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Brian Davies’ pioneering work brought about a ban on the trade of whitecoat seals in Canada, but the fight continues for others.
It was four decades ago that Brian Davies, our founder, pioneered the campaign to end the slaughter of baby whitecoat seals in Canada. His work to expose the cruelty on the ice floes made headlines around the world, and the battle to save the seals became an icon for the animal protection movement.
In 1983, Brian’s work culminated in a historic victory when the European Union prohibited imports of the skins of newborn harp seals (whitecoats). Close on the heels of this success, the Canadian government bowed to the threat of a boycott of Canadian seafood products and banned the killing of whitecoats in 1987. This ban saved 2.5 million seals.
Sadly, the Canadian government invested massive subsidies into the sealing industry in the mid-1990s, allowing the sealers to kill the pups when they were just a few days older. Today, the Canadian seal hunt is twice as large as it was, and in reaction Network for Animals began campaigning again in Europe – this time to ensure the Canadian challenge against an EU ban on the seal product trade remained in place.
We are proud to report that in late 2013, the World Trade Organization dealt a mortal blow to the renewed Canadian hunt of non-whitecoat seals. They upheld a European Union ban on the importation of all seal products, basing their decision on the ethical and moral principles held by EU citizens: People like you, who love animals.
A Brief Overview on Canada’s commercial seal hunt
Canada’s commercial seal hunt is the largest slaughter of marine mammals on earth and has been a long-time battleground for animal welfare groups. Here we provide a background to the main issues surrounding the annual hunt.
Current annual quotas allow roughly 350,000 defenseless baby seals to be brutally clubbed and shot to death for their skins, which are destined for international fashion markets. At just 12 days of age – as soon as they begin to shed their fluffy white coats, baby harp seals can be legally killed in Canada. Official government kill reports show that 97 percent of the seals slaughtered over the past five years have been less than three months of age, and the majority have been under one month old. At the time of slaughter, many of these pups had not yet even eaten their first solid meal or taken their first swim…leaving them with no escape from the “hunters”.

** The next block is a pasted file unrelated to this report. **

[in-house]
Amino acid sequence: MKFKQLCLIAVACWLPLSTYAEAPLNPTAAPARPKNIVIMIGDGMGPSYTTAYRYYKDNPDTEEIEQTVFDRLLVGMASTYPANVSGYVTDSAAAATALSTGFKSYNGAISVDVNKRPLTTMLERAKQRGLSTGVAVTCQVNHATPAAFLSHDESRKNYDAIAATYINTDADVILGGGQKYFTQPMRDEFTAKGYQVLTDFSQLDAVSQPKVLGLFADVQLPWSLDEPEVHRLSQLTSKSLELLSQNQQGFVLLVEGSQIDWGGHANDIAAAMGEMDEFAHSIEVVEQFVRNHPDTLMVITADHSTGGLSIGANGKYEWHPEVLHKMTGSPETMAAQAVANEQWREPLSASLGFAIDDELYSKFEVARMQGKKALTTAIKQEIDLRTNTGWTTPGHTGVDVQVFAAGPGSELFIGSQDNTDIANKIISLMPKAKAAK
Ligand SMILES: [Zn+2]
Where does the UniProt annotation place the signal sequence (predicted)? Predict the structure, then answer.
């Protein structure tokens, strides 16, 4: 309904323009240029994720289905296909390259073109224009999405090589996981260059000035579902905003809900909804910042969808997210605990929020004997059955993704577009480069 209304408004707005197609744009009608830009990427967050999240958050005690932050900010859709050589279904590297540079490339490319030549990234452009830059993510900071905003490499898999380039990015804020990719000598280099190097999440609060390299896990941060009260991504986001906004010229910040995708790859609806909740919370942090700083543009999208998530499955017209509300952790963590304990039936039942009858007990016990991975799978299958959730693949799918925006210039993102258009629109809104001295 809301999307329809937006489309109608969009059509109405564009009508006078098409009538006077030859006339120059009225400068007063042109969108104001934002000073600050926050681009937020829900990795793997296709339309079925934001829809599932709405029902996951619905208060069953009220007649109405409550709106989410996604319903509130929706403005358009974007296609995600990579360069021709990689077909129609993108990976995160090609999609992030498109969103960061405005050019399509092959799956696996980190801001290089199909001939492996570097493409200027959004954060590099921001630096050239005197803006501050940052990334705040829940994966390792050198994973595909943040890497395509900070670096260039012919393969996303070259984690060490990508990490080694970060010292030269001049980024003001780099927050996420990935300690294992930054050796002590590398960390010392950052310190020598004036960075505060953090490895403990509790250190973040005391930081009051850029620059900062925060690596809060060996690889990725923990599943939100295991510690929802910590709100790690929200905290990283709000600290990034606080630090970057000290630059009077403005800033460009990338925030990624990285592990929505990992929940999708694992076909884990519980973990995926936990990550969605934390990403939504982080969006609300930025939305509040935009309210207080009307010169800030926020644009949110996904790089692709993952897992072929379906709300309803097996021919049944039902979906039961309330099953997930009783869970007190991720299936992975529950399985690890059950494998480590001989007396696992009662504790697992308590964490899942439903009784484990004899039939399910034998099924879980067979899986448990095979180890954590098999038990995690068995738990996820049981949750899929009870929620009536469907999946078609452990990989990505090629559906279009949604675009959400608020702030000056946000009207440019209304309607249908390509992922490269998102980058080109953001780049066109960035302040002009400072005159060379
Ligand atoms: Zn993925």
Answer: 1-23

Sealing is an activity conducted by a few thousand fishermen over a few days each year. They earn, on average, less than five percent of their annual incomes from sealing – the rest from commercial fisheries. Even in Newfoundland, where 90 percent of sealers live, sealing revenues account for less than one-tenth of one percent of the economy, and only two percent of the fishery.
Each year, independent journalists, scientists and parliamentarians report horrific cruelty at the commercial seal hunt, including conscious seals dragged with boathooks across the ice, dying seals left in stockpiles to suffocate in their own blood, seals shot and left to suffer in agony, and even seals skinned alive. In 2001, an international team of veterinarians studied the commercial seal hunt, and concluded it results in ‘considerable and unacceptable suffering’. Their report noted that 42 percent of the seals they examined had likely been skinned alive. Dr. Mary Richardson, a Canadian veterinary expert and former chair of the Animal Care Review Board for the Solicitor General of Ontario, asserts Canada’s commercial seal hunt is inherently inhumane.
Over the last ten years, sealers have slaughtered up to half of the baby seals born. This level of slaughter is a serious threat to the species as a whole. The last time Canada allowed this many seals to be killed – back in the 1950s and 60s, nearly two-thirds of the harp seal population was wiped out. To make matters worse, the ice-breeding harp seals face a new threat to their survival – global warming.
The threat doesn’t end there: In 2002, the Canadian government estimated 75% of the pups born in the Gulf of St. Lawrence died because of the lack of ice. Then in 2007, scientists estimated close to 100% mortality among the more than 260,000 seal pups in the southern Gulf of St. Lawrence. The government still authorised a cull quota of 270,000.
International polling consistently shows the majority of Canadians, Americans and Europeans surveyed are opposed to the commercial seal hunt and many countries are working to ban the import of all seal products.
The United States and Mexico have already banned the import of seal products, and as noted in 2013 the WTO upheld the EU import ban on non-whitecoat seal products, yet still the Canadian government continues to press for the continuation and expansion of seal culling.